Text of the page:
After winning the pennant in 1967, over the next 12 seasons the Red Sox had winning seasons every year, averaging 89 wins with four 90 win seasons, but only one pennant. The Red Sox had 3 great opportunities:
(i) 1972 – when they finished a half-game behind the Detroit Tigers in the strike-shortened season;
(ii) 1975 – when they lost in a classic 7-game World Series; and
(iii) 1978 – when they tied for first but lost to the Yankees in a one-game playoff.
In comparison, division rivals fared much better:
- Baltimore Orioles
Average 95.3 wins
10 90 or more win seasons
5 Division Titles
1 World Series victory
- New York Yankees
Averaged 87.9 wins
4 90 or more win seasons
3 Division Titles and Pennants
2 World Series victories
- Detroit Tigers
Averaged 81.8 wins
3 90 or more win seasons
2 Division Titles
1 Pennant and World Series Victory
The 1972 season was shortened because of the first baseball strike – which for the Red Sox was only 155 games. The Red Sox took the division lead in early in September and when Marty Pattin won his 16th game on September 30th, the Red Sox had a 1 1/2 game lead over the Detroit Tigers leading up to the season’s final series in Detroit.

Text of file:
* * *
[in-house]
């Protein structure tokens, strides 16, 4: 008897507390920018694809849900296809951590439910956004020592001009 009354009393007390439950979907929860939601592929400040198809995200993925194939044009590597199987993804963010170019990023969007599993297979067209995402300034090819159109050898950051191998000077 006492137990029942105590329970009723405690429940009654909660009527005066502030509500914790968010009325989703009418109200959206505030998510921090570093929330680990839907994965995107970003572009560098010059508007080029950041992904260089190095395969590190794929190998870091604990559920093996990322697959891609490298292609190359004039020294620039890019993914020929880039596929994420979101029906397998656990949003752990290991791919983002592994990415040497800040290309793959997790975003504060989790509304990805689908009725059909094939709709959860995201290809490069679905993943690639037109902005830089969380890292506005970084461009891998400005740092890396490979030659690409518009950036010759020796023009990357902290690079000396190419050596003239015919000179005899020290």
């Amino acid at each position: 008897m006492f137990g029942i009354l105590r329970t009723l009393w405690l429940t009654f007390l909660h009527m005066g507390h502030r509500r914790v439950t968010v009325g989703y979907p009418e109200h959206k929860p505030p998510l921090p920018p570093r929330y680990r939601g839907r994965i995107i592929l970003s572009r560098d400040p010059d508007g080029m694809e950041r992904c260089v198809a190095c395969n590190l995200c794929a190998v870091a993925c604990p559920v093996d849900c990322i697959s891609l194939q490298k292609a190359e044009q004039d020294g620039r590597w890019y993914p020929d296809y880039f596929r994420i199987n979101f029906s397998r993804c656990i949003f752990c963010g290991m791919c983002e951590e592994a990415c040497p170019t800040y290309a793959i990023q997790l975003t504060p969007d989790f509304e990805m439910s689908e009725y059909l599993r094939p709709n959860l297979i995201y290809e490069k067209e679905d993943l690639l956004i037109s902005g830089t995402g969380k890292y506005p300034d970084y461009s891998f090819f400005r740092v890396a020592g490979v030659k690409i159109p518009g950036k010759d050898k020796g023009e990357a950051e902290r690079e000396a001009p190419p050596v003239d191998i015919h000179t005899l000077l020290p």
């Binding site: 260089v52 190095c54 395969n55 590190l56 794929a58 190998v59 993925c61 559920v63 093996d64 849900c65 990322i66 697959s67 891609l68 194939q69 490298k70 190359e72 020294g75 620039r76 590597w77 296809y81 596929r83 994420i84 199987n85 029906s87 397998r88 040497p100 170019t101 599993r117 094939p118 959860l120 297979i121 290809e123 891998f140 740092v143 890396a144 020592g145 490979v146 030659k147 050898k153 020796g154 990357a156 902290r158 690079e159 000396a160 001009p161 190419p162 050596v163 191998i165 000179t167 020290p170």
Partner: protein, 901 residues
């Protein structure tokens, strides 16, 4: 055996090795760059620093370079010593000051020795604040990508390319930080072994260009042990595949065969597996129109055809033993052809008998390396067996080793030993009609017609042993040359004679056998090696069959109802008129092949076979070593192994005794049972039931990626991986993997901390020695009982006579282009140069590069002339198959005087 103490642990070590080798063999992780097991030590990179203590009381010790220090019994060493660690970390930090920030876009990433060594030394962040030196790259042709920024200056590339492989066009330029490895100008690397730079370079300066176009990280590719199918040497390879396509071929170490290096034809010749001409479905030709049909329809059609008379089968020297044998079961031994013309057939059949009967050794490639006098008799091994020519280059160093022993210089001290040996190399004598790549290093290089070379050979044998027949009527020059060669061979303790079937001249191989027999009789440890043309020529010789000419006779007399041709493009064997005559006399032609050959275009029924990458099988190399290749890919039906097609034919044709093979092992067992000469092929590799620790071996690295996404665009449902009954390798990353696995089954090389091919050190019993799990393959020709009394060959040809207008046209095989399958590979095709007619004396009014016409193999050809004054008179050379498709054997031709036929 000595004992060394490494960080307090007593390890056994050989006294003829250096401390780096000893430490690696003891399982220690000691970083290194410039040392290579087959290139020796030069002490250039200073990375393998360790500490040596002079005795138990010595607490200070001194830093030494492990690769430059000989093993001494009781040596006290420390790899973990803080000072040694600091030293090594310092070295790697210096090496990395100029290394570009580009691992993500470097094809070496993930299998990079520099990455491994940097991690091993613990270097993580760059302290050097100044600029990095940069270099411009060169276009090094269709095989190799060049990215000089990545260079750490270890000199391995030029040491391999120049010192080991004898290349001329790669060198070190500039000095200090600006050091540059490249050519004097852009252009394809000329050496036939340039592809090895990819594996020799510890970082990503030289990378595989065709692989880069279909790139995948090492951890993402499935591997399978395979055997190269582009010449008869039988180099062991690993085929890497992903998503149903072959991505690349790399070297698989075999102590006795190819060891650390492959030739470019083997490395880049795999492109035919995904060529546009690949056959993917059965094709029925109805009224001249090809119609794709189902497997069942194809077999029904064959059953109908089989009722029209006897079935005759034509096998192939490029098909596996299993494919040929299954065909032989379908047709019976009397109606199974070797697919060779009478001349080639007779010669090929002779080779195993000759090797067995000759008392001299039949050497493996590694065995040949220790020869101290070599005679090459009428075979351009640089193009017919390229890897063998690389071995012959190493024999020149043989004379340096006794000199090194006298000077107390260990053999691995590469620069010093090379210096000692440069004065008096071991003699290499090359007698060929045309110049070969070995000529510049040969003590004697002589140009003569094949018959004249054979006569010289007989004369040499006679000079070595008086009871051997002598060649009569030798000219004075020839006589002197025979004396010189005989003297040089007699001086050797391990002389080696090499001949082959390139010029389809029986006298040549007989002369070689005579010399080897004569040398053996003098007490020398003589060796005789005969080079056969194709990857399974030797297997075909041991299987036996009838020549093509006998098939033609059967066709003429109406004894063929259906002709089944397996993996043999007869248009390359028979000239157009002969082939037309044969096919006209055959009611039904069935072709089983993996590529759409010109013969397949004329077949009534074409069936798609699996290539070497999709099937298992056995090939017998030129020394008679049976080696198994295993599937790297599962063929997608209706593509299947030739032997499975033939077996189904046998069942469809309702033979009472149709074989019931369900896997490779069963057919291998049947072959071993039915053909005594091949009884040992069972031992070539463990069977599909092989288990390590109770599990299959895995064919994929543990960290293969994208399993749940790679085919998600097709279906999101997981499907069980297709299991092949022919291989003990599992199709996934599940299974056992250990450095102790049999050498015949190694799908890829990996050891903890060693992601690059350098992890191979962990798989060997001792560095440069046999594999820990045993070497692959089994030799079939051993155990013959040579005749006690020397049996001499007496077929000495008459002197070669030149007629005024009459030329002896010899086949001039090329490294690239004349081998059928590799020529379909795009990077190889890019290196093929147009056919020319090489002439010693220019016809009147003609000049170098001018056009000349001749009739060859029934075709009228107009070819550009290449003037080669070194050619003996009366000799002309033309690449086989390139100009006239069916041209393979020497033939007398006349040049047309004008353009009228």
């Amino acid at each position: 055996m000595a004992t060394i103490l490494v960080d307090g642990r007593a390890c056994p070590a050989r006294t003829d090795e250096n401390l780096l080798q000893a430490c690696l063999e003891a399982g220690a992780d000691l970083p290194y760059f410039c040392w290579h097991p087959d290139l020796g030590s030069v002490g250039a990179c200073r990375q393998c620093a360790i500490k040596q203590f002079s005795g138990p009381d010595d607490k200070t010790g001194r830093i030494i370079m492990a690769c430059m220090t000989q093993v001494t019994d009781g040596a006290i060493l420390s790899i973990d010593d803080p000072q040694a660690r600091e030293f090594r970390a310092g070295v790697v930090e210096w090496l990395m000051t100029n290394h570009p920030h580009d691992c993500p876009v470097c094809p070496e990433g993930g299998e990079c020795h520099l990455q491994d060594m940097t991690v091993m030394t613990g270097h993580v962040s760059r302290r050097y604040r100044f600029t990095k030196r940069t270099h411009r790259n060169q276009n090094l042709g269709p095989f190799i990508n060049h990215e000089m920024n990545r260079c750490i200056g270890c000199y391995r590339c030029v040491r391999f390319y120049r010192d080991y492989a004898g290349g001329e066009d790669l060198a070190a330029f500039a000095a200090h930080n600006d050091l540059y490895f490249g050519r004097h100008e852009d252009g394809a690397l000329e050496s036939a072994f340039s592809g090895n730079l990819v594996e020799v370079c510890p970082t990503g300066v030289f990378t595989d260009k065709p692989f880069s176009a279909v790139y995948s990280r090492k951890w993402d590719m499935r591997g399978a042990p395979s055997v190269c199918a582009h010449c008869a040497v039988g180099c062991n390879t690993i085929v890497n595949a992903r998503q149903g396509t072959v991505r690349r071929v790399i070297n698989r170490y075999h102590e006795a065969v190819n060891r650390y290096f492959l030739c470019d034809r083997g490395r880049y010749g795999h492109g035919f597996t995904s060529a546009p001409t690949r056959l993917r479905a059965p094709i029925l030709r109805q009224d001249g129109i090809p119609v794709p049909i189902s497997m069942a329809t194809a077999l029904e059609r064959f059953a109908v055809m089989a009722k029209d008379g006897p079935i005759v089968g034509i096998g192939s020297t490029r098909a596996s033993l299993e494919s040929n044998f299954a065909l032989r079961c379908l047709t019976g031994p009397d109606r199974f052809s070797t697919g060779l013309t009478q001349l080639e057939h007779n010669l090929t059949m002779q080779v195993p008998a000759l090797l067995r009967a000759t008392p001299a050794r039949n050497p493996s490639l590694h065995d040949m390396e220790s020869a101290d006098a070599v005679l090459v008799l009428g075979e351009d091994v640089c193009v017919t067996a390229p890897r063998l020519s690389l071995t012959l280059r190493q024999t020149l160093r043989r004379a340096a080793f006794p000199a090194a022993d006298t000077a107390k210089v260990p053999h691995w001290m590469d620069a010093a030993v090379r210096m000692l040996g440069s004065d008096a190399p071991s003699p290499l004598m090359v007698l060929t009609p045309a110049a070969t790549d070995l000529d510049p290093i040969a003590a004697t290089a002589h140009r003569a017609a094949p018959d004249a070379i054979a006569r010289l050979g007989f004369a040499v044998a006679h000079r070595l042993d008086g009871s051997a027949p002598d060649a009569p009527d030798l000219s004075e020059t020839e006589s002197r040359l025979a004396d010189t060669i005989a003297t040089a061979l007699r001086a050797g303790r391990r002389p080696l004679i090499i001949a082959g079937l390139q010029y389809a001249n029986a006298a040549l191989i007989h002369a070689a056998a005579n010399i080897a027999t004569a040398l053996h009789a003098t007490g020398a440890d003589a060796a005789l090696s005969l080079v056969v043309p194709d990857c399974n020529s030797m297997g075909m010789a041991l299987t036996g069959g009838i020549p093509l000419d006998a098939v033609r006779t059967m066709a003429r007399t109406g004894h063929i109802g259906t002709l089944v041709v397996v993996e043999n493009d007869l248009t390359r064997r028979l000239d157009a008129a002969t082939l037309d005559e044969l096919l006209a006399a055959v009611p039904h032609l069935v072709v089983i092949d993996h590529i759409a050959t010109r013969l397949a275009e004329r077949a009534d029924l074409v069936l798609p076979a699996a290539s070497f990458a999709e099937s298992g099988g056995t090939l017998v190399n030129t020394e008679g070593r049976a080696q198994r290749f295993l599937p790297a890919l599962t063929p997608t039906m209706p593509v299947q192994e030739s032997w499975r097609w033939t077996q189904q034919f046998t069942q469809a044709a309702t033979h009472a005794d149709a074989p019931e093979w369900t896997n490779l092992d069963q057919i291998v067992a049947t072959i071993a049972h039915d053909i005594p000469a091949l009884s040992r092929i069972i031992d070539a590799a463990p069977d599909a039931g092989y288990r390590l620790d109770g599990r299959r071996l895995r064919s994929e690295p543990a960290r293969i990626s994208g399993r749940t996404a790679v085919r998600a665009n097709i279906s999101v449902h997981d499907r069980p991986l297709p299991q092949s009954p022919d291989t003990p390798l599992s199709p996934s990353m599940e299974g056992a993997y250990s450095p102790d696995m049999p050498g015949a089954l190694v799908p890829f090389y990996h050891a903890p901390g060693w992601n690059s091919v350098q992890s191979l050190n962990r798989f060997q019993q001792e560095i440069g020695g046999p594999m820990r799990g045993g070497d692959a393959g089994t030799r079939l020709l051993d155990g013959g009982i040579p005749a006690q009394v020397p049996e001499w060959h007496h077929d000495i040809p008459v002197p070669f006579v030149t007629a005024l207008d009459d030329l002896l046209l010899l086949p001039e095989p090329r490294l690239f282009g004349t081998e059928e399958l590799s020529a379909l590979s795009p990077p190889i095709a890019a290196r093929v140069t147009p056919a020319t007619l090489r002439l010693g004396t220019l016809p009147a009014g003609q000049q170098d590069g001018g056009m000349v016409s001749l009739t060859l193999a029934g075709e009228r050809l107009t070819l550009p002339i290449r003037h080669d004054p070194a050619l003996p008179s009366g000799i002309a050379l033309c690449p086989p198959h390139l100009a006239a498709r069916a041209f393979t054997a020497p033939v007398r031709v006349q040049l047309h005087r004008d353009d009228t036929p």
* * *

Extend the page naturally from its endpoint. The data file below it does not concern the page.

In the opener, Detroit jumps to an early 1-0 lead but Boston appears to have a rally started in the top half of the third inning when, with one out, left fielder Tommy Harper singles and shortstop Luis Aparicio follows with a ground ball single to left, moving Harper to third. With runners on the corners, Carl Yastrzemski, playing first base, steps to the plate and hits a deep shot to center field for what seems like a sure triple. Harper easy strolls home and the fleet-footed Aparicio races from first looking to cross the plate as well. However, as he nears the third-base bag, Aparicio stumbles suddenly, then slips on the bag and falls into foul territory; he immediately gets up to return to the base. Unfortunately, Yastrzemski, who has not seen the miscue, motors around second with his head down, thinking he had an easy triple; to his surprise, Yaz arrives at third only to find his teammate still there. Aparicio makes a final attempt to head home but slips again on the wet grass and scrambles back to third; Yastrzemski has no choice but to try and return to second, but he’s easily tagged out by Tigers third baseman Aurelio Rodriguez.
With Aparicio still standing on third, the next batter, Reggie Smith, strikes out to end the frame; from there, Boston never recovers, reaching third base only once other time as Tigers starter Mickey Lolich pitches a complete game, striking out 15 while allowing just the one run, and Detroit walks away with a 4-1 win in the opener
In the next game, the Red Sox’s season depended on starter Luis Tiant who had won 12 of his last 13 starts, but Detroit won 3-1 to clinch the division. The Red Sox won the series/season finale, finishing 85-70. The Tigers, who had the benefit of having played an extra game, won the division by a half-game with an 86-70 record.
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